The atmospheric air which enters the lung in inspiration is .composed of 79 parts of oxygen and 21 of nitrogen in every hundred. It also contains carbonic acid in the proportion of about four volumes in 10,000, and watery vapour, with occasional traces of ammonia, &c. The air which is emitted from the lungs in expiration, has lost part of its oxygen, and has gained a considerable amount of carbonic acid and watery vapour; the nitrogen remaining the


The amount of carbonic acid thrown off is very considerable, amounting to about 160 grains per hour, or as much as eight ounces of carbon in the twenty-four hours. According to Liebig, the lungs and skin together would emit as much as 10.5 ounces during that time. The experiments which he and other observers have made prove that a considerable proportion of the carbonic acid eliminated by the blood, passes off through the skin. The skin thus becomes a species of respiratory organ, which greatly assists the lungs in purifying the venous blood of the surplus carbonic acid which it contains. Thence the evident necessity of keeping its pores open by frequent ablutions and by friction. In the lower tribes of animals, and especially in the Batrachia, such as frogs, toads, whose skin is thin and moist, life may be long supported by cutaneous respiration alone.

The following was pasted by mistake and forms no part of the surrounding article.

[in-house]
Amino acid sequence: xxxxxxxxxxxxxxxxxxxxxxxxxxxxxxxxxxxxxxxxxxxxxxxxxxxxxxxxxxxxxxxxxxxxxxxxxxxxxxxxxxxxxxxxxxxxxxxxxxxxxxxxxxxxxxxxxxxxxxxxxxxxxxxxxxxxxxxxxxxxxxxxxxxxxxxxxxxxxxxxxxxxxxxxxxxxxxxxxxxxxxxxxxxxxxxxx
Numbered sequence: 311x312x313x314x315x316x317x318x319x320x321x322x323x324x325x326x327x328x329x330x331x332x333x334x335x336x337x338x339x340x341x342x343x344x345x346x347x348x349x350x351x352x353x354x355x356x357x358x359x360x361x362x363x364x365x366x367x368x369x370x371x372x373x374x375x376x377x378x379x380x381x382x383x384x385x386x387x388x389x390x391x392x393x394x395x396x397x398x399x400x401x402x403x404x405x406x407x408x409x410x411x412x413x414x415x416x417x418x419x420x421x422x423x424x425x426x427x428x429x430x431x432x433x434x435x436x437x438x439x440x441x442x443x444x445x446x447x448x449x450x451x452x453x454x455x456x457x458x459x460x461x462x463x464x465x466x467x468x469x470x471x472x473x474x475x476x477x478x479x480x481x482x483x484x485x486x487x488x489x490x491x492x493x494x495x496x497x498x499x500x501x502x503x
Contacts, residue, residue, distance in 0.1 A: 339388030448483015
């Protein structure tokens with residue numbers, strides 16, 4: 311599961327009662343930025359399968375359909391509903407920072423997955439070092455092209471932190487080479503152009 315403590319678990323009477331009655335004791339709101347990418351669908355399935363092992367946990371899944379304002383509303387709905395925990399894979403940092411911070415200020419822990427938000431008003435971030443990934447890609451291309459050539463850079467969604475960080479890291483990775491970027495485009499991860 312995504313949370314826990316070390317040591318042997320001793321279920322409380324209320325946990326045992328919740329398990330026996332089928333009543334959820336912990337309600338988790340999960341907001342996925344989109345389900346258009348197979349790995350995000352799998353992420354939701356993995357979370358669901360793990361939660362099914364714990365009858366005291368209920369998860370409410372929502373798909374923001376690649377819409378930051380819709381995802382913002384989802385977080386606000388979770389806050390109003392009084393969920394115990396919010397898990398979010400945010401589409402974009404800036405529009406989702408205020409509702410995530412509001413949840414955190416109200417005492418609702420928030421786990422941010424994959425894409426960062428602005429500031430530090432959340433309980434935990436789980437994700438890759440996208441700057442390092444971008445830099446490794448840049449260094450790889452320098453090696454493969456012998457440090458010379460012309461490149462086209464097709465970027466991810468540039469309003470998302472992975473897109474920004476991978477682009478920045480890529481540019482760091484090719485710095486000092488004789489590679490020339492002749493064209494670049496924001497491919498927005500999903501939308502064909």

The carbonic acid thus evolved in respiration is to be attributed to the combination of the carbon of the blood with part of the oxygen, which disappears during respiration. This evolution of carbon from the lungs is necessary for the purification of the blood; ; and as it is retarded, indeed arrested to a great extent, by the presence of an undue proportion of carbonic acid in the air we breathe, the perni

cious influence of an atmosphere loaded with this gas can be easily understood. Thus is explained in part the injurious effects of the atmosphere of crowded, badly ventilated, brilliantly lighted rooms.

Part only of the oxygen which disappears during respiration is consumed in the formation of carbonic acid. The number of cubic inches of carbonic acid exhaled in an hour being about 1345 3, the quantity of oxygen absorbed should be 1583.6. The surplus oxygen is generally supposed to be consumed in the more intimate or capillary structures of the body, and to combine on the one hand with the albumen which forms the new tissues, and on the other with the nitrogen of the decomposing nitrogenous tissues, and with the sulphur and phosphorus of the body, to form the sulphates and phosphates that are excreted in the urine.

It has been questioned whether nitrogen is exhaled or absorbed during respiration, and it appears probable that in very small proportions both conditions may be observed, exhalation, however, rather being the rule. Neither the absorption nor the exhalation of nitrogen, however, is sufficiently active or important to deserve taking into consideration in recalling the changes that occur in the nutritive fluid, the blood, during respiration.